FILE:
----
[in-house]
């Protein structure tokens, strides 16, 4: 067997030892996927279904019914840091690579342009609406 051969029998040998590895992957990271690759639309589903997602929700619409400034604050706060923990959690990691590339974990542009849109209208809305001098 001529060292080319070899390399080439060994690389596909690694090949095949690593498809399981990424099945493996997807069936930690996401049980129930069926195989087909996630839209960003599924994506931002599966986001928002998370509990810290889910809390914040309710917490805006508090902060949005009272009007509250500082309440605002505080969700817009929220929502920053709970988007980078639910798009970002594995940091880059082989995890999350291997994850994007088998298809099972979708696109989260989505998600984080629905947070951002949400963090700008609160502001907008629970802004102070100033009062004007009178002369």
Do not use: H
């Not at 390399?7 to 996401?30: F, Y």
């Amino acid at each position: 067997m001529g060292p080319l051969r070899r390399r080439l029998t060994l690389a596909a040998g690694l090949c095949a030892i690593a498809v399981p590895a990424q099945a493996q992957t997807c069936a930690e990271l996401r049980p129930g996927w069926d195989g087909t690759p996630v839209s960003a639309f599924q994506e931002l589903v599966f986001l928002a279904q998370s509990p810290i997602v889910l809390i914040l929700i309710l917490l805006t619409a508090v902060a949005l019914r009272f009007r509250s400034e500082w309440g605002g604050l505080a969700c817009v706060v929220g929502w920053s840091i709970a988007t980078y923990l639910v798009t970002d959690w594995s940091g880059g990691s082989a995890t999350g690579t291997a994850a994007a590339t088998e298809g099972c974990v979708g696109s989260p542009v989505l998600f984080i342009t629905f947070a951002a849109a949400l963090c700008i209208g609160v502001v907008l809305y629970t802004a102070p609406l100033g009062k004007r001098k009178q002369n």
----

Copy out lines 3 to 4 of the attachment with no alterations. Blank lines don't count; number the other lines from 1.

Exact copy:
Do not use: H
């Not at 390399?7 to 996401?30: F, Y």